The importance of explaining your chart: the case of the red 118
Flooding the Himalayas

The Earth Institute needs a graphics advisor

Reader Dave S. was disturbed by the graphics in the inaugural World Happiness Report, published by Jeffrey Sachs's Earth Institute (link). It's a 200-page document with lots of graphs, many of which require rework.

Here's a pie chart showing (purportedly) what "happy" people in Bhutan are happy about:

I'm really curious how these domains add up to 100% exactly. Since the data came from some kind of survey, you typically would allow each respondent to pick more than one domains in which he or she is happy. If that is the case, then it would not make sense to add up responses, nor would the total (100%) signify anything.

If, on the other hand, respondents are forced to pick only one domain, it is very suspicious that all 9 domains would essentially receive the same number of votes. Nor would it make sense to ask survey-takers to select only one domain if all 9 domains contribute to someone's happiness.

Pie charts are perhaps the most abused chart type. There are just endless examples of poorly executed pie charts (just browse my last few posts). The prevalence of abuse may be reason enough to ban them.


Paired with Figure 4 shown above is Figure 5 shown below, which deepens the mystery:


Compare the captions. What's the difference between "In which domains do happy people enjoy sufficiency?" and "Indicators in which happy people enjoy sufficiency"? The categories are related but not identical (Education vs. Schooling, Health vs. Self reported health status, etc.) However, in Figure 5, the distribution is uniform as in Figure 4. Is the data contradictory? Or the captions misleading?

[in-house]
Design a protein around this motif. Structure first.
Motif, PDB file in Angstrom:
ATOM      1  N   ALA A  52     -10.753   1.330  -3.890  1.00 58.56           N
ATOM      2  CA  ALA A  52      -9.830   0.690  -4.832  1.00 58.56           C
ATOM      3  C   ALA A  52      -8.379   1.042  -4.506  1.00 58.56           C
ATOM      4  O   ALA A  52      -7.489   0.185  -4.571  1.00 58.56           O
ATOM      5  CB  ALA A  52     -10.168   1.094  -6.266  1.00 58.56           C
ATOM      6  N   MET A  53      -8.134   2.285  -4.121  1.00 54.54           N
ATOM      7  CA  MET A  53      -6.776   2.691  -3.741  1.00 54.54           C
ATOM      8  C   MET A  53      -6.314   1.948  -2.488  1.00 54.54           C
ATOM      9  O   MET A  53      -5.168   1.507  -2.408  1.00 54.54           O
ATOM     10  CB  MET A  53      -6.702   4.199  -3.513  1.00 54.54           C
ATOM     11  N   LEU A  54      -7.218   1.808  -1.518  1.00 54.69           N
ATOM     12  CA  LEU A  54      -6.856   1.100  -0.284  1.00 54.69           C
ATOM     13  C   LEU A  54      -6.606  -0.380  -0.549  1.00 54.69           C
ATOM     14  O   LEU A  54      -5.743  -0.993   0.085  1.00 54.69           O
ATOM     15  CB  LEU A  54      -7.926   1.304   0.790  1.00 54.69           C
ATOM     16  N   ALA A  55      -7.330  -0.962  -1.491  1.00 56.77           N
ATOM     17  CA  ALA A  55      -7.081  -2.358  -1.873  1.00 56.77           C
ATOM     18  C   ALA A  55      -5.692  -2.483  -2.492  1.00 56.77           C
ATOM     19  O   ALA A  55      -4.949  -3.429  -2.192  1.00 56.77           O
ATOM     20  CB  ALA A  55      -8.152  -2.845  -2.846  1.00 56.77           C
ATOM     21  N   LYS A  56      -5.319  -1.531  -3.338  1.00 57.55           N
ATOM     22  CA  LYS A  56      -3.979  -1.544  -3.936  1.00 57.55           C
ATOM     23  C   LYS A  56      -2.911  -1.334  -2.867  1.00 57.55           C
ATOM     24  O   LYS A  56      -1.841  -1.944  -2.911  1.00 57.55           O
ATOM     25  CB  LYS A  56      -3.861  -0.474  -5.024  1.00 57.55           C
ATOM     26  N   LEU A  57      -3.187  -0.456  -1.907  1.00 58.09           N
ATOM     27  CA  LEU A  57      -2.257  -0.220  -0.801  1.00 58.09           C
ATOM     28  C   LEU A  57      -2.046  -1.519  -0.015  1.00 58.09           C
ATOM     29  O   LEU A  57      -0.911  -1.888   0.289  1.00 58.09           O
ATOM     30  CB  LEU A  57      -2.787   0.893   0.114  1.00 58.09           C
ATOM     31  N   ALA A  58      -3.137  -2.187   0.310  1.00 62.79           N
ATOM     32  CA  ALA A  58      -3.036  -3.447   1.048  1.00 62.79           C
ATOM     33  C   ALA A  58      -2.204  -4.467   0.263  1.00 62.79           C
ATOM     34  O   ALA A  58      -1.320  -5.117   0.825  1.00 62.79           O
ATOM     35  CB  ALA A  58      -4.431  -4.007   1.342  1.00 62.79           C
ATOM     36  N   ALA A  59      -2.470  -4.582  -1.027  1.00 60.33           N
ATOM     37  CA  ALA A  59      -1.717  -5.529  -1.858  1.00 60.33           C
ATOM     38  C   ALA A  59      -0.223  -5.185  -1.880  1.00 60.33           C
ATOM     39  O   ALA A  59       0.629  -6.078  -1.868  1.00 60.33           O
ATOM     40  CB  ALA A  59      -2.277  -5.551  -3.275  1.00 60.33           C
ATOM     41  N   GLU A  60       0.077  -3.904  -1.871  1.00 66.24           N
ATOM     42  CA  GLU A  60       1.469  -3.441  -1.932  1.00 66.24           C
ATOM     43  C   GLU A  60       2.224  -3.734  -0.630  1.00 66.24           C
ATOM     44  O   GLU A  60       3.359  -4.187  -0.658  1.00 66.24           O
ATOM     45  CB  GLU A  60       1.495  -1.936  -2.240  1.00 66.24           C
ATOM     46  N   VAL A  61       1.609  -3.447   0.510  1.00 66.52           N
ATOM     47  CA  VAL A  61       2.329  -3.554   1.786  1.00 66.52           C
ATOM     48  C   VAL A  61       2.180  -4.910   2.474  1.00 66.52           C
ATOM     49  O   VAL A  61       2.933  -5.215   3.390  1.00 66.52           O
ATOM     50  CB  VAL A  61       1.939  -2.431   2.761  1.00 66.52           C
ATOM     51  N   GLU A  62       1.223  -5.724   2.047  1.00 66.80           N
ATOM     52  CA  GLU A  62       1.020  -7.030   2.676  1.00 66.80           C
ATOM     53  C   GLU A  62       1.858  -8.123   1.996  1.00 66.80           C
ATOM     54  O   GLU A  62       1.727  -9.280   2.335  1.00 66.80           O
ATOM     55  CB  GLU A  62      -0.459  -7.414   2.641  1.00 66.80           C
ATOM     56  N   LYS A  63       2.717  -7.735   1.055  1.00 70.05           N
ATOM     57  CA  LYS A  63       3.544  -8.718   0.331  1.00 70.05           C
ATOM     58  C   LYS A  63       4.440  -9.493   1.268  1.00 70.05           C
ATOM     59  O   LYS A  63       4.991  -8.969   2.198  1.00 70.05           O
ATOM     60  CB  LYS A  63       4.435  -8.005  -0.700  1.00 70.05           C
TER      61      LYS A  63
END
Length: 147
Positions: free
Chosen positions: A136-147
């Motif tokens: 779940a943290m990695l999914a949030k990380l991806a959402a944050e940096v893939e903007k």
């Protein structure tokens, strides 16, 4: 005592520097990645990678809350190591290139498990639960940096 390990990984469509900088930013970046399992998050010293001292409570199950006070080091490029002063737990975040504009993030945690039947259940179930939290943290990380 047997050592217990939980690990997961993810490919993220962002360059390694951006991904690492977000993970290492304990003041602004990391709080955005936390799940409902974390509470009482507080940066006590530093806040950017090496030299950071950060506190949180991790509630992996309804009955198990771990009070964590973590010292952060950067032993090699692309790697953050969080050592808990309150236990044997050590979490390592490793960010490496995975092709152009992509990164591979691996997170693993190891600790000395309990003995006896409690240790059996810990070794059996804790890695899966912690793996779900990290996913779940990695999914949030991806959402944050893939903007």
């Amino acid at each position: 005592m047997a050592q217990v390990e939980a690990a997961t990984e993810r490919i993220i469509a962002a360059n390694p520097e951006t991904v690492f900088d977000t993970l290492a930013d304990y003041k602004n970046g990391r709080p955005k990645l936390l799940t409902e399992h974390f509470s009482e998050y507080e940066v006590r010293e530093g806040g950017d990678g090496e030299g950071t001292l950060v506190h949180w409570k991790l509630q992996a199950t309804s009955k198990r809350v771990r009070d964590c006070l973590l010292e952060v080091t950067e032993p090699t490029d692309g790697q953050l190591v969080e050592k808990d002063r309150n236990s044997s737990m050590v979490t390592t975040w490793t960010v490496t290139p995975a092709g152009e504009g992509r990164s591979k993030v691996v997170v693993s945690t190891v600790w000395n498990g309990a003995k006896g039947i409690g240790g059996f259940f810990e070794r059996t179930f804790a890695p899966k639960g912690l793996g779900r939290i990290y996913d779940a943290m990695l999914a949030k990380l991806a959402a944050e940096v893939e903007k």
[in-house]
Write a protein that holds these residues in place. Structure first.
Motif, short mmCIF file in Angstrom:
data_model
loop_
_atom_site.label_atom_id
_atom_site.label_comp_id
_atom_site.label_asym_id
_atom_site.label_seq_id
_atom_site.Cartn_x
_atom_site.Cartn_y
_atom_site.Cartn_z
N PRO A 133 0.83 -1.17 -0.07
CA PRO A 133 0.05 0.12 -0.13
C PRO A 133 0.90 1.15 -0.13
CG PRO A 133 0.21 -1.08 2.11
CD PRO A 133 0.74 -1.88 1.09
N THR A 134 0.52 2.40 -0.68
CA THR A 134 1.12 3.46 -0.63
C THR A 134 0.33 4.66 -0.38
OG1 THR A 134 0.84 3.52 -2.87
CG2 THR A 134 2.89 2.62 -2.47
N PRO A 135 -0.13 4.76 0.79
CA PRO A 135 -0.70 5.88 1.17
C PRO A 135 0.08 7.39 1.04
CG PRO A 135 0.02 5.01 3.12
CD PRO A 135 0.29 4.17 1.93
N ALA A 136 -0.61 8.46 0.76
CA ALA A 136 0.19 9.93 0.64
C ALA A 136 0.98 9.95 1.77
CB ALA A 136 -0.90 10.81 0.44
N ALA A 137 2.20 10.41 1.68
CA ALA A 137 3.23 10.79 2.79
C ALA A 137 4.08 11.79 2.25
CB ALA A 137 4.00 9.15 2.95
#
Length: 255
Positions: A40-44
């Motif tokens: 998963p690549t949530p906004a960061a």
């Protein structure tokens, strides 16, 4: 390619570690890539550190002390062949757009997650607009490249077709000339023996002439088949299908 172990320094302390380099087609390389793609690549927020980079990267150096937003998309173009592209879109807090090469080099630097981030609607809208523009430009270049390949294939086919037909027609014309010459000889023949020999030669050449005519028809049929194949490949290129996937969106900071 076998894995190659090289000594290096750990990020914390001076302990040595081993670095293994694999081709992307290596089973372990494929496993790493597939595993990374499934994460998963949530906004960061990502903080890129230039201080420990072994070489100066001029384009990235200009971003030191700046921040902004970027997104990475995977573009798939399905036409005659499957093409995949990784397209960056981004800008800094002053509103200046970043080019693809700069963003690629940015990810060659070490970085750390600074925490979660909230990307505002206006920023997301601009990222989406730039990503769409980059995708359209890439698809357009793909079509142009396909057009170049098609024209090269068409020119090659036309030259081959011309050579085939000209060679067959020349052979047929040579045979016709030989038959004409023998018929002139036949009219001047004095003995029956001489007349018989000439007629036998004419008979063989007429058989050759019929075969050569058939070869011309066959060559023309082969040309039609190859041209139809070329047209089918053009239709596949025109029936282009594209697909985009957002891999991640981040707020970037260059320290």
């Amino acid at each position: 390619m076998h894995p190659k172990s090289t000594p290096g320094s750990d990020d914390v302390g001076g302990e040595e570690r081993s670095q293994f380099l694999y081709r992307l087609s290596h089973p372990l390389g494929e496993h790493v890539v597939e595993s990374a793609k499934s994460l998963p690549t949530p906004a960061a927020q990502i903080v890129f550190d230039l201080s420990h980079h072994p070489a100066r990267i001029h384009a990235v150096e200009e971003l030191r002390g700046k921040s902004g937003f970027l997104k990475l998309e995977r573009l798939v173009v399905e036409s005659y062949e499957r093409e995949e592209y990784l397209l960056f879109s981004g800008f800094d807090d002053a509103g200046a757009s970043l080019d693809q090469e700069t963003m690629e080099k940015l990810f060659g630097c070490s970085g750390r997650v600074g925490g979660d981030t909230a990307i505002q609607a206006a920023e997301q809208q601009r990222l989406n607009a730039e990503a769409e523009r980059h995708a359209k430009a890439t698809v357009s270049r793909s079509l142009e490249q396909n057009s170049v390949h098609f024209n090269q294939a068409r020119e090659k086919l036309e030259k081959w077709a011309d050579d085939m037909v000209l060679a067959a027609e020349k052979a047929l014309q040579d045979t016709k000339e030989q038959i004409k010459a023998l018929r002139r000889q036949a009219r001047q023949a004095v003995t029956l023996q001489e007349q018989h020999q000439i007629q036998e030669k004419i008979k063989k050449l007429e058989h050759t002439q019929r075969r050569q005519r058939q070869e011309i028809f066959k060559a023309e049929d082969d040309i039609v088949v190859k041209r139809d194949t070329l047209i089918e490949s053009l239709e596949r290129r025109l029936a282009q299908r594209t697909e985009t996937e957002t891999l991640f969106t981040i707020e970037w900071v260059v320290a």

This column chart would be better presented as a horizontal bar chart so that readers don't have to break their necks trying to read the category names.

The designer should also perform the routine task to get rid of the 120% tick mark on the proportion axis that comes from Excel.





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Ugh. Maybe they were using unpaid humanities interns.


There are 33 columns in the bottom bar graph, but only 17 labels. What on earth are the 16 unlabeled columns for? Actually, never mind that - which 17 columns do the labels even apply to?


Are there any ideas as to what can be done to prevent graphs with flaws such as these (which run the risk of misinforming people) from surfacing? We're winning half the battle by recognizing these flaws and exposing them, but how can we take it a step further and actually transform the information graphic industry to the point where we see less and less of these flaws?

Looking forward to reading any ideas. (Perhaps this question has been asked before and in response to this question, action is already taking place that I may not be aware of...)


Paula: Thanks for affirming the spirit of this blog... my tagline is recycling. In most cases, I take the raw materials and create improved charts. If you scroll through the old posts, you will find many examples of how to do better. For this particular post, I haven't been able to understand the data so I can't do much about it.


Kaiser, Thank You very much for your reply. I appreciate it and, your blog.

Yes, I tried reading through the World Happiness Report and I also found that it was hard to understand the data. I also noticed that on some of the graphs they used, they had footnotes as to how they went about their questioning, etc. However, for these examples provided in the post, they did not have any footnotes-I was hoping the notes could help clarify some of the confusion.

I will scroll more through the old posts. Thank You!


Were spoiled here in North America. We have to much opportunity and we can't see it because we have it to easy. We are so motivated by superficial means. We need to sit back and appropriate everything we have. How can you truly enjoy life if you don't appropriate it?

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